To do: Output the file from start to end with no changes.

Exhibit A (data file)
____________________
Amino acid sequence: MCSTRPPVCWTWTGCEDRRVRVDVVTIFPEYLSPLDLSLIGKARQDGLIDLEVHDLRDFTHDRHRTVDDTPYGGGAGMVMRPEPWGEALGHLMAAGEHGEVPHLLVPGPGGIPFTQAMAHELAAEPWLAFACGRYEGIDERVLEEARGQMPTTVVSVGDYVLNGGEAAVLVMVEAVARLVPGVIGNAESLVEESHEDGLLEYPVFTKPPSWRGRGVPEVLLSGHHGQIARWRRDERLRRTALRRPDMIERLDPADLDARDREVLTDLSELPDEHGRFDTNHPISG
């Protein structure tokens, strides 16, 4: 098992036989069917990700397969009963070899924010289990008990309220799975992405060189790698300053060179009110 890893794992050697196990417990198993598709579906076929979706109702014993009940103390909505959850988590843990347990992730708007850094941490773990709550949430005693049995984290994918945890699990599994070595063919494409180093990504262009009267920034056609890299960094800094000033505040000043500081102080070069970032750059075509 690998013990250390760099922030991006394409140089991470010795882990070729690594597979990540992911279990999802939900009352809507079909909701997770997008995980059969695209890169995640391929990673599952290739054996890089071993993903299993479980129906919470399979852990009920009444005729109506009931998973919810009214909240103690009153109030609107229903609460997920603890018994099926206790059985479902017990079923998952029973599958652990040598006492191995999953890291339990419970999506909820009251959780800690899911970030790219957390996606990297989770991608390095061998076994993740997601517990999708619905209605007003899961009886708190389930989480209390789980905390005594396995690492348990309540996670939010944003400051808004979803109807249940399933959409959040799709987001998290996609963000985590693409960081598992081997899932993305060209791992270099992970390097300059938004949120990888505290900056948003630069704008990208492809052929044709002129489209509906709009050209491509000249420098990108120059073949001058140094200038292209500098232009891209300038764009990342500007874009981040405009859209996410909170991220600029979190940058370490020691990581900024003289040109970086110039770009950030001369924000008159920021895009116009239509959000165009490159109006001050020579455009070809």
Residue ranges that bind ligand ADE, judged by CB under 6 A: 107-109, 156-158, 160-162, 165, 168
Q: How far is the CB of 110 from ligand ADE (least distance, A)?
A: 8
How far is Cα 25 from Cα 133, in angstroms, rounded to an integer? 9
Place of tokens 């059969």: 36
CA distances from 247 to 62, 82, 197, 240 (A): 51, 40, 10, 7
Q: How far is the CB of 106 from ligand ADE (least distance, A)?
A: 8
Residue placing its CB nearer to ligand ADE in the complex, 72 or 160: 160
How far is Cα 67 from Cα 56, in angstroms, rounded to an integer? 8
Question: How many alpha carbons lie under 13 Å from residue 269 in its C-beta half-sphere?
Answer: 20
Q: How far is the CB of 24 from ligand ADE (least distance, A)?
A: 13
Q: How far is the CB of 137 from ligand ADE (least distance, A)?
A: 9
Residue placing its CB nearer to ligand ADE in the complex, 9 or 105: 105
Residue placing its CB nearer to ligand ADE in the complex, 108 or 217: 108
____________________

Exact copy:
Amino acid sequence: MCSTRPPVCWTWTGCEDRRVRVDVVTIFPEYLSPLDLSLIGKARQDGLIDLEVHDLRDFTHDRHRTVDDTPYGGGAGMVMRPEPWGEALGHLMAAGEHGEVPHLLVPGPGGIPFTQAMAHELAAEPWLAFACGRYEGIDERVLEEARGQMPTTVVSVGDYVLNGGEAAVLVMVEAVARLVPGVIGNAESLVEESHEDGLLEYPVFTKPPSWRGRGVPEVLLSGHHGQIARWRRDERLRRTALRRPDMIERLDPADLDARDREVLTDLSELPDEHGRFDTNHPISG
């Protein structure tokens, strides 16, 4: 098992036989069917990700397969009963070899924010289990008990309220799975992405060189790698300053060179009110 890893794992050697196990417990198993598709579906076929979706109702014993009940103390909505959850988590843990347990992730708007850094941490773990709550949430005693049995984290994918945890699990599994070595063919494409180093990504262009009267920034056609890299960094800094000033505040000043500081102080070069970032750059075509 690998013990250390760099922030991006394409140089991470010795882990070729690594597979990540992911279990999802939900009352809507079909909701997770997008995980059969695209890169995640391929990673599952290739054996890089071993993903299993479980129906919470399979852990009920009444005729109506009931998973919810009214909240103690009153109030609107229903609460997920603890018994099926206790059985479902017990079923998952029973599958652990040598006492191995999953890291339990419970999506909820009251959780800690899911970030790219957390996606990297989770991608390095061998076994993740997601517990999708619905209605007003899961009886708190389930989480209390789980905390005594396995690492348990309540996670939010944003400051808004979803109807249940399933959409959040799709987001998290996609963000985590693409960081598992081997899932993305060209791992270099992970390097300059938004949120990888505290900056948003630069704008990208492809052929044709002129489209509906709009050209491509000249420098990108120059073949001058140094200038292209500098232009891209300038764009990342500007874009981040405009859209996410909170991220600029979190940058370490020691990581900024003289040109970086110039770009950030001369924000008159920021895009116009239509959000165009490159109006001050020579455009070809």
Residue ranges that bind ligand ADE, judged by CB under 6 A: 107-109, 156-158, 160-162, 165, 168
Q: How far is the CB of 110 from ligand ADE (least distance, A)?
A: 8
How far is Cα 25 from Cα 133, in angstroms, rounded to an integer? 9
Place of tokens 């059969």: 36
CA distances from 247 to 62, 82, 197, 240 (A): 51, 40, 10, 7
Q: How far is the CB of 106 from ligand ADE (least distance, A)?
A: 8
Residue placing its CB nearer to ligand ADE in the complex, 72 or 160: 160
How far is Cα 67 from Cα 56, in angstroms, rounded to an integer? 8
Question: How many alpha carbons lie under 13 Å from residue 269 in its C-beta half-sphere?
Answer: 20
Q: How far is the CB of 24 from ligand ADE (least distance, A)?
A: 13
Q: How far is the CB of 137 from ligand ADE (least distance, A)?
A: 9
Residue placing its CB nearer to ligand ADE in the complex, 9 or 105: 105
Residue placing its CB nearer to ligand ADE in the complex, 108 or 217: 108